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Dempsey: Syrian rebels not ready to back U.S. interests

The United States could take further action to tip the balance of power in Syria, but the rebels there may not at this point promote U.S. interests, Joint Chiefs Chairman Gen. Martin Dempsey said in a letter to a congressman this week.

"Syria today is not about choosing between two sides but rather about choosing one among many sides," Dempsey wrote to Rep. Eliot Engel, D-N.Y., the top Democrat on the House Foreign Affairs Committee. "It is my belief that the side we choose must be ready to promote their interests and our when the balance shifts in their favor. Today they are not."

Dempsey's letter came in response to Engel's request for clarification on the military options in Syria. Specifically, Engel asked about the possibility of missile strikes on Syrian President Bashar al Assad's air bases, which would have a significant impact without fully engaging the United States on the ground militarily.

Dempsey said the United States could "destroy the Syrian Air Force" and negate Assad's ability to attack the opposition from the air. However, he said, that move would "escalate and potentially further commit the United States to the conflict" without doing anything to solve its underlying causes.

"In a variety of ways, the use of military force can change the military balance, but it cannot resolve the underlying and historic ethnic, religious, and tribal issues that are fueling this conflict," he wrote.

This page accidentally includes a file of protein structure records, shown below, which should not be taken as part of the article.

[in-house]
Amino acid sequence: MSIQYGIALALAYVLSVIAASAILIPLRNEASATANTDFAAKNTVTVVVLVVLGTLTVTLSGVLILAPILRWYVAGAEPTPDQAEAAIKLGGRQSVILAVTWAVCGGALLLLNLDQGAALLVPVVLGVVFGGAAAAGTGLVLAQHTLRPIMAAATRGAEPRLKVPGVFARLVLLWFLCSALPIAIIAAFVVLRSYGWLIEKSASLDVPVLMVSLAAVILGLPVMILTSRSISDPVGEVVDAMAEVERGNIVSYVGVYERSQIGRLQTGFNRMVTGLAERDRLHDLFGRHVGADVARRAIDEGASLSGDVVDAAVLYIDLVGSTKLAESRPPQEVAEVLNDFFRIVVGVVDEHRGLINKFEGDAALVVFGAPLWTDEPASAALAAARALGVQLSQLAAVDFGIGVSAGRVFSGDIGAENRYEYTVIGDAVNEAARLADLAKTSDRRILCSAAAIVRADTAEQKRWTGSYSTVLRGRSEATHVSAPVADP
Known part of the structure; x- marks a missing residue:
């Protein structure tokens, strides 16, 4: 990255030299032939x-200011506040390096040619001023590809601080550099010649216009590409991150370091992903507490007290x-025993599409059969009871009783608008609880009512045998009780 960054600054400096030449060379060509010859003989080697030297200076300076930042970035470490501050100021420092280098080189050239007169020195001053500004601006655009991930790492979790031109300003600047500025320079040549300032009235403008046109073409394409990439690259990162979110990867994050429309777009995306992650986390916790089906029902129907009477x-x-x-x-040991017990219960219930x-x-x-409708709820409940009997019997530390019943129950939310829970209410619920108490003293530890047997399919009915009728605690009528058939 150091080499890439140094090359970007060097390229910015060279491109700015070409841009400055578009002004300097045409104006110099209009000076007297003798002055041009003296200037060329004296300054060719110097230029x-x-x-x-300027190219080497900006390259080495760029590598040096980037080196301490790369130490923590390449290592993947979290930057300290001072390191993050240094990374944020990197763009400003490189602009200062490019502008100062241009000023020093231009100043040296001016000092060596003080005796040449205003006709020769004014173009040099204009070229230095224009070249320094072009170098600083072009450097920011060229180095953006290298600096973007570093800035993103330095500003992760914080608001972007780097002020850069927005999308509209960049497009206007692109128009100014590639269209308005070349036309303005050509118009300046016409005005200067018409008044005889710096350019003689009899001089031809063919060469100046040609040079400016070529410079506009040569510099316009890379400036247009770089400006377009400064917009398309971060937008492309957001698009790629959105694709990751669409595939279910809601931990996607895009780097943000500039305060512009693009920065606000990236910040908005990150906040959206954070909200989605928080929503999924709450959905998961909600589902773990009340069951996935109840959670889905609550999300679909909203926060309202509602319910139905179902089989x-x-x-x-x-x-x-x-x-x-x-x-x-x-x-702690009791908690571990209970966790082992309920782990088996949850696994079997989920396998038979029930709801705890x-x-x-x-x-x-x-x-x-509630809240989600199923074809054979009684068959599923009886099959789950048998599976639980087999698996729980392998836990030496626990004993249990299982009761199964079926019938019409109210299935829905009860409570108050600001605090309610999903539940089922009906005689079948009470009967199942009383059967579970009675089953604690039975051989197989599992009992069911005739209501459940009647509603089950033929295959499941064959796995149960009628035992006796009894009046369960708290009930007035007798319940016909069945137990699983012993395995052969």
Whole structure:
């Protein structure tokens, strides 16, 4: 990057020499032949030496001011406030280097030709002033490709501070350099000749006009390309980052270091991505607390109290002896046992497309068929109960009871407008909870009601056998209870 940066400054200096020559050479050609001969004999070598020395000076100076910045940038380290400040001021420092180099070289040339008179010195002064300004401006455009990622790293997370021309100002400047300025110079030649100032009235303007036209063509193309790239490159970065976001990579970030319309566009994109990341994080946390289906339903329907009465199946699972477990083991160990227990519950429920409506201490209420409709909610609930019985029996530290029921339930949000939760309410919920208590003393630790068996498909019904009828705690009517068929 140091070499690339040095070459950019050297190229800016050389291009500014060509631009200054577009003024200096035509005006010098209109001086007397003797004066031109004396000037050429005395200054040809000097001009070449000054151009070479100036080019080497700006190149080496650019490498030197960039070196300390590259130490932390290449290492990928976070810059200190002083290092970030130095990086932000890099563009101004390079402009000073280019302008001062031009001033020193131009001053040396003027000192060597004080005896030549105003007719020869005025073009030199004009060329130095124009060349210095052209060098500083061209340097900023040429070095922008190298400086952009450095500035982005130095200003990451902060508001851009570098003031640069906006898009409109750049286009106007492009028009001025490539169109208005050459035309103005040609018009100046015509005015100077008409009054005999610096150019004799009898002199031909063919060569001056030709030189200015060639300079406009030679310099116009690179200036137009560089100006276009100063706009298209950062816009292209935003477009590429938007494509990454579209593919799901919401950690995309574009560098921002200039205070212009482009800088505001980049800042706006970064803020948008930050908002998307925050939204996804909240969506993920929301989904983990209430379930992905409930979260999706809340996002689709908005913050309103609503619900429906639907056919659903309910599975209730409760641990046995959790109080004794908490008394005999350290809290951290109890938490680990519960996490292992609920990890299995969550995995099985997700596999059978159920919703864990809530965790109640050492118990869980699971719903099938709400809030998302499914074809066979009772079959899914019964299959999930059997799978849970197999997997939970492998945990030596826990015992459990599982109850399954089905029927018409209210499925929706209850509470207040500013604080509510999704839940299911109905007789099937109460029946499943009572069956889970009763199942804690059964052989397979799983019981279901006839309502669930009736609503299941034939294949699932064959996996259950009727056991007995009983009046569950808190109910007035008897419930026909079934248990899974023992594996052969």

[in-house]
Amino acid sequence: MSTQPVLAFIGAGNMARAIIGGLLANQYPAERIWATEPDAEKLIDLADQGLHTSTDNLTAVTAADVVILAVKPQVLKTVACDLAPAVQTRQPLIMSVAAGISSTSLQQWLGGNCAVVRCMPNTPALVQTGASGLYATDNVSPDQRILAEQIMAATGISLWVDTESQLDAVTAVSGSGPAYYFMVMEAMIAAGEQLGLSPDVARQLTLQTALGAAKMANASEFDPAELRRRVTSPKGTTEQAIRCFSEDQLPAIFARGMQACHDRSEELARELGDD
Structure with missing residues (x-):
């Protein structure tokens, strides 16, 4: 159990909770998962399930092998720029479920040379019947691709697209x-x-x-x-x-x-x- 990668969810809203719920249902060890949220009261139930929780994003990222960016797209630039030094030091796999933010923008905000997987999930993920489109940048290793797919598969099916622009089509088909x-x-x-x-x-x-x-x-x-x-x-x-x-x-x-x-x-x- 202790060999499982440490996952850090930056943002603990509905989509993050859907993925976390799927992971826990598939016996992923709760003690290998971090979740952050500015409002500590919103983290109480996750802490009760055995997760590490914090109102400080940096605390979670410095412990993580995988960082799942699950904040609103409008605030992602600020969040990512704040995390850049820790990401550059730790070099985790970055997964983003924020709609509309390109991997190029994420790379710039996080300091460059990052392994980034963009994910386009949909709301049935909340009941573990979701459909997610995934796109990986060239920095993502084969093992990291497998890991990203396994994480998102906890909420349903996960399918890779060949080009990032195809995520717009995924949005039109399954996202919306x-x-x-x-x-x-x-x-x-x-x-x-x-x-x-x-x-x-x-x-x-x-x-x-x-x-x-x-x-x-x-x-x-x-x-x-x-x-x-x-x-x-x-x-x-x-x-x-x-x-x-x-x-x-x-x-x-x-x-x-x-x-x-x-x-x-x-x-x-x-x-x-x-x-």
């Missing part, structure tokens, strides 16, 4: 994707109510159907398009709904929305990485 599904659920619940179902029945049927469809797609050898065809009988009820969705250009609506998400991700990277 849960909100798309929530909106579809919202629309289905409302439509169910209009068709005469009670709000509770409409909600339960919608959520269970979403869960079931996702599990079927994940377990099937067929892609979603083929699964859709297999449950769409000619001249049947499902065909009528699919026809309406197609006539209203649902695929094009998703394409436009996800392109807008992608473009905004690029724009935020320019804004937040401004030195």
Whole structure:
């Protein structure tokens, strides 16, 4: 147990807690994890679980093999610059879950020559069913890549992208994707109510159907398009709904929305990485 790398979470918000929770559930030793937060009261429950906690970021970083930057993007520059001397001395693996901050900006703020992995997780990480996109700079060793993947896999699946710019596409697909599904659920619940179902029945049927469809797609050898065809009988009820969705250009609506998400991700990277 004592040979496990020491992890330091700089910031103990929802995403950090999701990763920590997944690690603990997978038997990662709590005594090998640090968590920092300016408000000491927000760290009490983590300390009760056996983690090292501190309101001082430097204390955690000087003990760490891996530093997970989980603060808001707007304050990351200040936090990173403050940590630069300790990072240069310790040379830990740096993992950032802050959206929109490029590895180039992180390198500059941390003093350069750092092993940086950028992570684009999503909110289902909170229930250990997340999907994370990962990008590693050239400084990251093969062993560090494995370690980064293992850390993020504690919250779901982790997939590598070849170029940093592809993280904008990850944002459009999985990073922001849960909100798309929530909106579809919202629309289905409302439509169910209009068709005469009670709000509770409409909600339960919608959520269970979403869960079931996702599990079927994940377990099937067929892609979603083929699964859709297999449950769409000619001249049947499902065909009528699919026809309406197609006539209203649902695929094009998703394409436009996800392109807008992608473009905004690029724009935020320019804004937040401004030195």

Dempsey outlined the steps he said would represent the best U.S. strategy moving forward, noting that the United States "could if asked to do so, significantly increase our effort to develop a moderate opposition." He also wrote, "I believe we can assist in the humanitarian crisis on a far more significant scale."

Engel responded in a statement that he remains "deeply unsatisfied" with the U.S. strategy in Syria.

"I reject the notion that our involvement in Syria would simply constitute 'choosing sides' between one armed group and another," he said. "Rather, our involvement represents a choice between hastening the end of the Assad regime or continuing to allow the cycle of violence, displacement, and terror to continue unabated.

"We can work to build the capacity of the moderate opposition, as General Dempsey suggests," he went on, "but until we are prepared to severely diminish the regime's ability to inflict harm upon its own citizens and even the playing field - such a moderate opposition stands little chance against the regime's scuds, tanks, and planes."

Last month, Dempsey laid out five options for U.S. intervention, but noted that each plan would come with a heavy price. In addition to limited air strikes, the options included establishing a no-fly zone over all of Syria, training the opposition forces in safe areas outside of Syria, establishing buffer zones inside Syria as safe havens for opposition fighters or destroying or seizing Syria's chemical weapons.

Adding to the urgency of the crisis, the Syrian opposition on Wednesday said that state security forces launched attacks in the suburbs of Damascus, allegedly killing hundreds of people in a "poisonous gas" attack. The ongoing conflict has claimed more than 100,000 lives during the past two years.

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